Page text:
devoted to certain specialized topics having to do with the
love of my life: the investigation of sentential calculi.
open questions" page lists the open questions concerning such calculi
in A legacy recalled and a tradition continued, my introduction to
the August 2001 issue of the Journal of Automated Reasoning, which
was the special issue devoted to finding formal proofs in sentential
calculi. This page also describes any progress I've been informed of that
has been made towards answering those questions since the paper originally
Most of the other pages report on some projects currently of primary
interest to me concerning short axiomatic bases for various
logics of pure implication and for the classical equivalential calculus.
These pages include many additional open questions.
Though it is of
course my hope that at least some of the new results presented herein will
be of interest to those who visit, it is the unsolved problems and open
questions that are the heart of the site and its reason for being.
Consequently, more open problems and questions on related topics to be added
to the site will be welcomed as well as solutions and answers to those
already here (dulrich at purdue dot edu).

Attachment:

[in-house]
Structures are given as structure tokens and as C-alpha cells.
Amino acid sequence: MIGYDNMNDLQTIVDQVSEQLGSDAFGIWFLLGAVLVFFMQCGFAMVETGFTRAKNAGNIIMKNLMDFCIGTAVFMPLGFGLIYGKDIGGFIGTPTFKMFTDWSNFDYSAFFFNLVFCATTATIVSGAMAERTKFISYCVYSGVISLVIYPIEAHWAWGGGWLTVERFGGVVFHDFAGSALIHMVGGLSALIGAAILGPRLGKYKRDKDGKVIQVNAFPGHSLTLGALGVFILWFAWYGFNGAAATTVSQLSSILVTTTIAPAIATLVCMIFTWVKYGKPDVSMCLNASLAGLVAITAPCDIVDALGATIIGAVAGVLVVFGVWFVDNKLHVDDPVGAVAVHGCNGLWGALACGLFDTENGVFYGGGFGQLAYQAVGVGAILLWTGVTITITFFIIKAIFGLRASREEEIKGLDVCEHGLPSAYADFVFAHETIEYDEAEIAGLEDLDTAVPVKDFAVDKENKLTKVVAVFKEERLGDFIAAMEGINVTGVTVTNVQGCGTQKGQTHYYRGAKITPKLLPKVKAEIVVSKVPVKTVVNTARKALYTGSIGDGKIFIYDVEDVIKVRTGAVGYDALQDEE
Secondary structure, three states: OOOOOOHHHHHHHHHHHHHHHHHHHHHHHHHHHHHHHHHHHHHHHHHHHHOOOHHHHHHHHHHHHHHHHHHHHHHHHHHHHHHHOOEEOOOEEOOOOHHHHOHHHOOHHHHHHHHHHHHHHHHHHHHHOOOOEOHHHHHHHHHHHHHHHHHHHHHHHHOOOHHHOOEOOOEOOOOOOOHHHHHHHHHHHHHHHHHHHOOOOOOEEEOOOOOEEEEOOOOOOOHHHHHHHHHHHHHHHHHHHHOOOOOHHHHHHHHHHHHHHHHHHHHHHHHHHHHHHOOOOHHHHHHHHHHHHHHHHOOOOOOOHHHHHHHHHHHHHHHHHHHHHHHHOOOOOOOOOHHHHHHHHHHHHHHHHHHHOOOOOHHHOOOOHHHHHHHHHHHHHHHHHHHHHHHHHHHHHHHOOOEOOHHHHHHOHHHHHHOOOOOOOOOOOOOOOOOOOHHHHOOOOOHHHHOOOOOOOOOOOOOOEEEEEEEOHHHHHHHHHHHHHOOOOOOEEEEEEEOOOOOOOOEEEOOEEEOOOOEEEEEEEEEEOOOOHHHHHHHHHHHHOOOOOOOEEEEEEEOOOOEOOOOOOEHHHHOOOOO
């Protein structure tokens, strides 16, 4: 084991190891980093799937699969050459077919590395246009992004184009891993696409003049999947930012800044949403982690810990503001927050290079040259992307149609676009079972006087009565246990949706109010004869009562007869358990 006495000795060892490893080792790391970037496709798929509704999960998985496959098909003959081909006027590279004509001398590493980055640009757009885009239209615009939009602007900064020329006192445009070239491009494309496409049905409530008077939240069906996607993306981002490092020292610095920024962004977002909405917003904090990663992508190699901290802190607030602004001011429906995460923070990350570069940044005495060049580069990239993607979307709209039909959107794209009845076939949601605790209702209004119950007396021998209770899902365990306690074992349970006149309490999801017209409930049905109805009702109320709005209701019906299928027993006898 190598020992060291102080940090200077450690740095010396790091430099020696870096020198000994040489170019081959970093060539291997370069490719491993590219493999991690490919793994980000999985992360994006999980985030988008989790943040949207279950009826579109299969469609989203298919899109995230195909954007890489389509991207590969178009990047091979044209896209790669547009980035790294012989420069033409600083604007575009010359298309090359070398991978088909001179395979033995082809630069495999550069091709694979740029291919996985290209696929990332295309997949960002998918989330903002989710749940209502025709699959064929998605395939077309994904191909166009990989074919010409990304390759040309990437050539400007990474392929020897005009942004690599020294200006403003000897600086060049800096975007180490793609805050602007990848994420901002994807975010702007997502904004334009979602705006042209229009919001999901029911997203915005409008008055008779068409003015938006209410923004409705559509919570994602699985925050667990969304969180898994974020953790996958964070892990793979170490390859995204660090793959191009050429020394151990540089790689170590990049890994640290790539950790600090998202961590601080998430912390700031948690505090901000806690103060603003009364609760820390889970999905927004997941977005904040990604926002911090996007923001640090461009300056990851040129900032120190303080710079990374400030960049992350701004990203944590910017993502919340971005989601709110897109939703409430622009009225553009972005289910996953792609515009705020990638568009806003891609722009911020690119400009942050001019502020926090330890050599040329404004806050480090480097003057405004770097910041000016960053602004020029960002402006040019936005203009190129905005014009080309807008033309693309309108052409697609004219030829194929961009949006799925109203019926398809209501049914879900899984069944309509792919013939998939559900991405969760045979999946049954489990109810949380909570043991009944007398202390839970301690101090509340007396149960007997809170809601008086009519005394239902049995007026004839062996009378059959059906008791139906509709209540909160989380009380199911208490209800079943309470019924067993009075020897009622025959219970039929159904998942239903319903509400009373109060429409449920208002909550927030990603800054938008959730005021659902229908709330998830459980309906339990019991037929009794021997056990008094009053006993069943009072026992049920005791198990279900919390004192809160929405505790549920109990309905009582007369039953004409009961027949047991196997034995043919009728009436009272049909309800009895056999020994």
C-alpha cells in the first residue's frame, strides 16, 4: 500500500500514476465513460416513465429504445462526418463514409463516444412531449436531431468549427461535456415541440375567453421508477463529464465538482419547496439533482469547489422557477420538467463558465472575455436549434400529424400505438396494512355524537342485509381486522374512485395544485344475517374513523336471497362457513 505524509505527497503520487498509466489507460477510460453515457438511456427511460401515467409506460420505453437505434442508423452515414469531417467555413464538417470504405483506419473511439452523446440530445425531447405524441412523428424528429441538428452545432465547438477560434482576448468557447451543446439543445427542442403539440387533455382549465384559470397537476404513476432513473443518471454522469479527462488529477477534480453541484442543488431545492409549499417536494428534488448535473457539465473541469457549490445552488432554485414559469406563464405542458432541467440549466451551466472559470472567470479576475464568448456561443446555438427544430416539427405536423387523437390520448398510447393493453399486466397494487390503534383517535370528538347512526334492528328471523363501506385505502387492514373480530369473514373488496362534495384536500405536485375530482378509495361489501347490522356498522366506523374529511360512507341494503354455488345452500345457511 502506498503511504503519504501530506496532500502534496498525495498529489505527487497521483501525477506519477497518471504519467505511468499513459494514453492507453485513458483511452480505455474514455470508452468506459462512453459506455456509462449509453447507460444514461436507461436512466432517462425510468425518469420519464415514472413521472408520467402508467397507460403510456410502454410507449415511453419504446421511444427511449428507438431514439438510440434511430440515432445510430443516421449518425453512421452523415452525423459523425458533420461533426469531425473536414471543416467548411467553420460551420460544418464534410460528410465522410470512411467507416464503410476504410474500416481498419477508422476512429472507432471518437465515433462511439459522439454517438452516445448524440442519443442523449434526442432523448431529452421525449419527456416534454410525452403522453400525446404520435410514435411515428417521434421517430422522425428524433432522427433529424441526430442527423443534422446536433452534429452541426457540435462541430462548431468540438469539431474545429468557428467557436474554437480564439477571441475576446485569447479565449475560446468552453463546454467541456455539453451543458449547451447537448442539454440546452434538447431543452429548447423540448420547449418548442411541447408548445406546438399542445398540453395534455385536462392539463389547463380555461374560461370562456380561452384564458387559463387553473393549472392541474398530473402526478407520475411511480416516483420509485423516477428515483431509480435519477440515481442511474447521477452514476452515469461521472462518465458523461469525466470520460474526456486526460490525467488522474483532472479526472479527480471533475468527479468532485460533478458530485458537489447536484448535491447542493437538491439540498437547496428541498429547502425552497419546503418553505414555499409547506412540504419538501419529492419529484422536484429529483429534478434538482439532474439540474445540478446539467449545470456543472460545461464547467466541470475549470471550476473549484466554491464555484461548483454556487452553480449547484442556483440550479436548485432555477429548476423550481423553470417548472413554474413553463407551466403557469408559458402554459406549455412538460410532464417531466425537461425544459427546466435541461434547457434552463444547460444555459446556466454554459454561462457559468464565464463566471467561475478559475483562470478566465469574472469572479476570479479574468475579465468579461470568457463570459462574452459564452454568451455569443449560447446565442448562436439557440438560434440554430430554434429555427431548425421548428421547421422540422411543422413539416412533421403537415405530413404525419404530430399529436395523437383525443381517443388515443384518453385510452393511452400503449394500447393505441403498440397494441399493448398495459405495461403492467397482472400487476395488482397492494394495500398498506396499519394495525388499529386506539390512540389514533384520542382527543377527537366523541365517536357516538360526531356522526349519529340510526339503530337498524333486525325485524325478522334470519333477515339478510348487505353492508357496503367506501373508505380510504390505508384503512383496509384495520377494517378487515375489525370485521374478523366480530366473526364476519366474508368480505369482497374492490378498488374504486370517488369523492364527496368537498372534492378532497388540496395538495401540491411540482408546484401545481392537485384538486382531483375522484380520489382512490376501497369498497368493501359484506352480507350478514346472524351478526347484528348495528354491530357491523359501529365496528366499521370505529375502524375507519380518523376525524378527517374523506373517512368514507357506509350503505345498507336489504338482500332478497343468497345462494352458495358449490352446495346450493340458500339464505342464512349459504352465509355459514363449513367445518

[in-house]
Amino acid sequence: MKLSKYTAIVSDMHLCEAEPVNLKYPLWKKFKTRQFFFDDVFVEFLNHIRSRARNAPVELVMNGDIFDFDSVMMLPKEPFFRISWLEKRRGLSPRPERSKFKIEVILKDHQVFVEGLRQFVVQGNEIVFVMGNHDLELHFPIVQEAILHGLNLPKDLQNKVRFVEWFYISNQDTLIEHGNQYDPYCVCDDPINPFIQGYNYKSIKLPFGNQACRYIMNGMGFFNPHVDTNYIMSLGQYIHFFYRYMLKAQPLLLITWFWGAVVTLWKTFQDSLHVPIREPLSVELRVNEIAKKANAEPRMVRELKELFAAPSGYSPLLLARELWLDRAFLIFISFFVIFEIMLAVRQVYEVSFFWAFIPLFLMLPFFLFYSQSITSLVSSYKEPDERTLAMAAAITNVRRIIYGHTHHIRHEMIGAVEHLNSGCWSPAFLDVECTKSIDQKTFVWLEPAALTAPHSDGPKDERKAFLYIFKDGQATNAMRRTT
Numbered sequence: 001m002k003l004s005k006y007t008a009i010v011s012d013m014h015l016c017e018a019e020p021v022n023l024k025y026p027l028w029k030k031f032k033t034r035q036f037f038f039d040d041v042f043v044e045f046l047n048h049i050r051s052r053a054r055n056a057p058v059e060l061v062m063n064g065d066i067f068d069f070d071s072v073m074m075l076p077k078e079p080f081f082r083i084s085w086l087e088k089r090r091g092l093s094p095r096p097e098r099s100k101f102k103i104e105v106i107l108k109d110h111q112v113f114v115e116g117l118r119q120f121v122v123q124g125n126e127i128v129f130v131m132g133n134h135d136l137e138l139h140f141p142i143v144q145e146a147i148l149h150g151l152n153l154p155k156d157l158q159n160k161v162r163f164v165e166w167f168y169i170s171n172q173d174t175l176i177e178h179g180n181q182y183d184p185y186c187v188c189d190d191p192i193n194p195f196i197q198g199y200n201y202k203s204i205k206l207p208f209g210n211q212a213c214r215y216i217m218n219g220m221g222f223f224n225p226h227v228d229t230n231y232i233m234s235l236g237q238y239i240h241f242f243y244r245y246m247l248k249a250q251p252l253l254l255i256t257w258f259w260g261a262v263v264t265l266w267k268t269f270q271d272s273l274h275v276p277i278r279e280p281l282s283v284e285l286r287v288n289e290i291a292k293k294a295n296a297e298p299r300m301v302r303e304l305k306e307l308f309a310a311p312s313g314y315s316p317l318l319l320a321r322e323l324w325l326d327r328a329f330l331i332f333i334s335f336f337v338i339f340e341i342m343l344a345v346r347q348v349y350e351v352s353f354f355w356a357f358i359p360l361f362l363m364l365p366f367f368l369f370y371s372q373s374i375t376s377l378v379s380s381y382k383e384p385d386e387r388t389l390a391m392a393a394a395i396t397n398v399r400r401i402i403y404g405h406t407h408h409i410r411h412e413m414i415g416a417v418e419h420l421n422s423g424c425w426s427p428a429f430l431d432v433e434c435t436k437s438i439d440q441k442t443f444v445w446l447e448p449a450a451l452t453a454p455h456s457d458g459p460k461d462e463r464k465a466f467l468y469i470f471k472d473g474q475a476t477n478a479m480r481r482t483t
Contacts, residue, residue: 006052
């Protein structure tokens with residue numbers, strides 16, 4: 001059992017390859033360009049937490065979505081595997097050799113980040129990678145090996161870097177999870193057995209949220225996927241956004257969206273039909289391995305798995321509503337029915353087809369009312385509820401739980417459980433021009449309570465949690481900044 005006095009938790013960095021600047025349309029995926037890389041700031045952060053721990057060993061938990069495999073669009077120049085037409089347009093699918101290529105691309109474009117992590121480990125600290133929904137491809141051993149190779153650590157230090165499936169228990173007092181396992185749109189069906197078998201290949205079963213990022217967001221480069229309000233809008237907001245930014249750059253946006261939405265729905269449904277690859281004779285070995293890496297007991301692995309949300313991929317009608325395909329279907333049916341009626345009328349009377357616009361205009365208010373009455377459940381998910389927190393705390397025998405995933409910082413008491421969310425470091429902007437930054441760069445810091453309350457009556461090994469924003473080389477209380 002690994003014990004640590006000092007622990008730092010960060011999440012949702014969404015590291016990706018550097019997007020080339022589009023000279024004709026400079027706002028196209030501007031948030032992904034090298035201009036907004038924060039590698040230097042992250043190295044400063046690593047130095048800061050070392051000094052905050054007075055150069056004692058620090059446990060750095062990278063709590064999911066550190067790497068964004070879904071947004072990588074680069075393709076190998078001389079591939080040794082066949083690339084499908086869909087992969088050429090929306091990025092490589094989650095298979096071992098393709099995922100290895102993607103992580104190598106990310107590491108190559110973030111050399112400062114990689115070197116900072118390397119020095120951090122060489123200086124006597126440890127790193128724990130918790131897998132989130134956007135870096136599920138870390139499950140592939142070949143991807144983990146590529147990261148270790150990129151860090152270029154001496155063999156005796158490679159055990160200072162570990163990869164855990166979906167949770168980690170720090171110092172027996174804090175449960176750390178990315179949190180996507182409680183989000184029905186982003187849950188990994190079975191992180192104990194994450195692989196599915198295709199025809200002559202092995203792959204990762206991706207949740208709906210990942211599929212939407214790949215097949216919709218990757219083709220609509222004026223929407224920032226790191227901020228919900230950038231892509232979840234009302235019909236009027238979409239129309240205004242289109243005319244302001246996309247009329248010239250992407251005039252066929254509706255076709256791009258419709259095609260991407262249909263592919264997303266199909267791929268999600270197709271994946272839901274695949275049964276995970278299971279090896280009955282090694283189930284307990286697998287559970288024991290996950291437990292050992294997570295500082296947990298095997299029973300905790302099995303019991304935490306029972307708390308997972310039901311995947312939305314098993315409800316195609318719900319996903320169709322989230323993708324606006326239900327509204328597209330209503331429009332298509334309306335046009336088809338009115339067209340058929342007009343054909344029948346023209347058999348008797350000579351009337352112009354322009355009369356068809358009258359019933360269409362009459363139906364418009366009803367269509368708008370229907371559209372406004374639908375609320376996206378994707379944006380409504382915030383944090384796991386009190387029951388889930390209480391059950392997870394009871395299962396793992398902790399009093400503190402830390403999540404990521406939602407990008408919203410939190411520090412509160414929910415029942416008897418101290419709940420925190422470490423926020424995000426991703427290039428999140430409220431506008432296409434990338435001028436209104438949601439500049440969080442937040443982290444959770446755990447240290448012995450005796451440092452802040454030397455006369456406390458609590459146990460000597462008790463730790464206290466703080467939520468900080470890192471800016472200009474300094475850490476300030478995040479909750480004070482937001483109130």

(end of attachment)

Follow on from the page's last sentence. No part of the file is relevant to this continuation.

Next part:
The notation of choice throughout is Polish
notation (also known as "Łukasiewicz notation", "parenthesis-free
notation", and "prefix notation", ) where 'Cpq', for example, goes short for
standard infix notation's 'p→q'
(or, where it is material implication that is at issue,
Except in lines of proofs, most formulas of interest are displayed in both notations,
e.g., like this:
Within proofs, however, lines are shown only in Polish notation.
Typically, the only rule used in proofs
herein is C. A. Meredith's rule D of
condensed detachment, which combines the rule of detachment (i.e.,
modus ponens) with a small amount of substitution.
Briefly, D permits the inference, from a pair of formulas Cαβ
of the most general result
β obtainable--it is
unique, up to renaming of sentence letters--by detaching
substitution instance of α) from
(or a substitution instance of